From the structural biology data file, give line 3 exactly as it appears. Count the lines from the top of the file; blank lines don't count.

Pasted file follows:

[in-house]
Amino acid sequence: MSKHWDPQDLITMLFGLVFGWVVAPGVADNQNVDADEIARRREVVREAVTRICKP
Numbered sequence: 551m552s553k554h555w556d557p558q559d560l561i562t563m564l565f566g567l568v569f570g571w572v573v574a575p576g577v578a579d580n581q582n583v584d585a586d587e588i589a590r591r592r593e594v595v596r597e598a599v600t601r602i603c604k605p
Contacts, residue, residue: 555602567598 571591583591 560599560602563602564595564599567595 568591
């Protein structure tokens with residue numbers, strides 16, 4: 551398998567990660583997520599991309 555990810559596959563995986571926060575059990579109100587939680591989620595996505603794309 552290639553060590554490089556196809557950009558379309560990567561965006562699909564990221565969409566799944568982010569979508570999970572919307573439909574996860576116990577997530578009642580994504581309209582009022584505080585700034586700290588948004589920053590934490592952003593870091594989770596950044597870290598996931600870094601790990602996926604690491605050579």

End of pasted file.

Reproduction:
Numbered sequence: 551m552s553k554h555w556d557p558q559d560l561i562t563m564l565f566g567l568v569f570g571w572v573v574a575p576g577v578a579d580n581q582n583v584d585a586d587e588i589a590r591r592r593e594v595v596r597e598a599v600t601r602i603c604k605p